OTTAWA—National animal law organization Animal Justice is calling for a ban on non-stun slaughter as new draft guidelines on the practice are open for public comment. The draft guidelines have been developed by the Federal/Provincial Animal Welfare Group, which includes the Canadian Food Inspection Agency.
Under federal law, the default rule is that animals must be rendered unconscious before being bled. However, an exception is provided for ritual slaughter in accordance with Judaic or Islamic law: it is permissible to restrain and cut the throats of fully conscious animals.
The Canadian Veterinary Medical Association is opposed to slaughter without stunning because “it causes avoidable pain.” Even the new draft guidelines concede that pre-slaughter stunning is “the best method to control anxiety, pain and suffering”.
Lawyer Anna Pippus, director of farmed animal advocacy for Animal Justice, said: “Globally, there is near-consensus amongst veterinarians that non-stun slaughter causes additional fear and pain to animals. Religious freedom is an important Canadian value, but it should not include the right to harm animals.”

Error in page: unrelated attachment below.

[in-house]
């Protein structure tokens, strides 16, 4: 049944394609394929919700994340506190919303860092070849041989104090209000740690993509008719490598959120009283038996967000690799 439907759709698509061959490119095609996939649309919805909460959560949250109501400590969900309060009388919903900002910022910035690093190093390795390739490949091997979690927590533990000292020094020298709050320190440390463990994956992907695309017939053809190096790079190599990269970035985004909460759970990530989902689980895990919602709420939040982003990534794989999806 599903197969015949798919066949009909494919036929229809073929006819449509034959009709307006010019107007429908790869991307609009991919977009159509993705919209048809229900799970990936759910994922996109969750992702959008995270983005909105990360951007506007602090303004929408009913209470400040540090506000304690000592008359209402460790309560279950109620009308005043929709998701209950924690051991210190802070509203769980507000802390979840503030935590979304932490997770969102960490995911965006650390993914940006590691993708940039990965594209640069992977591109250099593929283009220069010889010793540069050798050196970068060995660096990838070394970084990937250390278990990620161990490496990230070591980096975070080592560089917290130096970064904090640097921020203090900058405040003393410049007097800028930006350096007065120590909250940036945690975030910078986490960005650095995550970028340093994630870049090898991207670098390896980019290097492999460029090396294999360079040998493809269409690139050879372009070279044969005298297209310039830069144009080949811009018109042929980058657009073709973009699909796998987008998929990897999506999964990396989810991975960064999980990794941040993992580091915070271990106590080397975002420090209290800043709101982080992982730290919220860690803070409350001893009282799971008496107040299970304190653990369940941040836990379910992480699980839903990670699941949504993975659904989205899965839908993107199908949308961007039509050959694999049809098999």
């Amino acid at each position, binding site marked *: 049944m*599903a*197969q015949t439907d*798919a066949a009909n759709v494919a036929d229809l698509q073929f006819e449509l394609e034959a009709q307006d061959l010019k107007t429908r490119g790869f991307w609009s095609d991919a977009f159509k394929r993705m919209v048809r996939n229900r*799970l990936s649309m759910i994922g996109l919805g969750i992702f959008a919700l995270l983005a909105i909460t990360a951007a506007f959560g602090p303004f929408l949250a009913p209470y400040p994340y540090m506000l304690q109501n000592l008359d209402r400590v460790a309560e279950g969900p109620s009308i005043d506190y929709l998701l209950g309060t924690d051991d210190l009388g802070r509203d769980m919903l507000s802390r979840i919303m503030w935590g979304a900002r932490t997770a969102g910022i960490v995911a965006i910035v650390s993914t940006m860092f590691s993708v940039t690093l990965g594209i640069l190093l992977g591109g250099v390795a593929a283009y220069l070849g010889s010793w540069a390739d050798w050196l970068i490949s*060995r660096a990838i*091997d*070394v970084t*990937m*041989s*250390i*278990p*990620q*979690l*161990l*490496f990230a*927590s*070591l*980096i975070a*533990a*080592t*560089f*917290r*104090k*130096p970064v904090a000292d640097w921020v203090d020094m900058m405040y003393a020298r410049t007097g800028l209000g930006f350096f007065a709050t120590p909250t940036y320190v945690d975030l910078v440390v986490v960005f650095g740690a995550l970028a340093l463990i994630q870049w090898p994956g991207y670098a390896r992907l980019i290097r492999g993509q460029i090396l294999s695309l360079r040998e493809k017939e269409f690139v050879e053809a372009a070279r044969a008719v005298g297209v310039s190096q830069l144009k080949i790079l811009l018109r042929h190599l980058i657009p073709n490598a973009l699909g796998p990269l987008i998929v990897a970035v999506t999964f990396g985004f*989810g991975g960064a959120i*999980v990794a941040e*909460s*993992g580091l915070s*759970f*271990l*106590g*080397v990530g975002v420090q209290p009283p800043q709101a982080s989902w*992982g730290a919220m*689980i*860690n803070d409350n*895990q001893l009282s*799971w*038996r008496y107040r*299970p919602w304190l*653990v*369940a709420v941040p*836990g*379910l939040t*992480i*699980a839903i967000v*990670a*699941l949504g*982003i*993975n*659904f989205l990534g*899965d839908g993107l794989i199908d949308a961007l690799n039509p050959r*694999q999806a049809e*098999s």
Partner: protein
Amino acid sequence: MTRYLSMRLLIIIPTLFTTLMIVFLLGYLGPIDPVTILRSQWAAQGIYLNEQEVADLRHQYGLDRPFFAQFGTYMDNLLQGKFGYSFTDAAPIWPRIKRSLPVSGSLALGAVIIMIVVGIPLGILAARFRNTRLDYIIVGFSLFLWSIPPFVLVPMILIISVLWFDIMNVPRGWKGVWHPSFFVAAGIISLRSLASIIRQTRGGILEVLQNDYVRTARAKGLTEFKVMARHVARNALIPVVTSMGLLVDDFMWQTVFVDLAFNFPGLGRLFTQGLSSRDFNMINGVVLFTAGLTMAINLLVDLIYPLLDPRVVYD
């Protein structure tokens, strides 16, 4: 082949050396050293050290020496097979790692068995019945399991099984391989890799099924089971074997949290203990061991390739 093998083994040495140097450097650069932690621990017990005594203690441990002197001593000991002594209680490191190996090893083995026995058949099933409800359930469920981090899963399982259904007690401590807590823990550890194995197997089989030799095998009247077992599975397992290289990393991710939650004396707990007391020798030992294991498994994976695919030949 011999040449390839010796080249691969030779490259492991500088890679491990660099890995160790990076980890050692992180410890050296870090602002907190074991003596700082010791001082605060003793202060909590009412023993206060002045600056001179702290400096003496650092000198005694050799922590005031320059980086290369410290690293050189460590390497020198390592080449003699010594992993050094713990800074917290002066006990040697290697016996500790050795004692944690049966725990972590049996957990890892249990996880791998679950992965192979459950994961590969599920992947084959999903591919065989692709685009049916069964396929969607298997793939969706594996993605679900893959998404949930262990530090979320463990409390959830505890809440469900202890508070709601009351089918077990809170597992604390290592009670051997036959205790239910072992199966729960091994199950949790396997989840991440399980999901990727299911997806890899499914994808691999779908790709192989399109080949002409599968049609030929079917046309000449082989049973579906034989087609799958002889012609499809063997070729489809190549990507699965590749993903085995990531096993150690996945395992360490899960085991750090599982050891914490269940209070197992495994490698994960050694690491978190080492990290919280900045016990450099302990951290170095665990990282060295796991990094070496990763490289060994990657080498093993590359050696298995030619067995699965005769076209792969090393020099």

Many countries have already banned or restricted non-stun slaughter, including Denmark, Sweden, Norway, Iceland, Switzerland, New Zealand, and Australia.
Animal Justice is also calling for a ban on religious sacrifice of animals.
Comments from the public will be accepted on the draft slaughter-without-stunning standards until January 27.
Animal Justice is encouraging the public to ask Minister of Agriculture Lawrence MacAulay to ban slaughter without stunning under the Meat Inspection Act.
For more information, contact:
Director of Farmed Animal Advocacy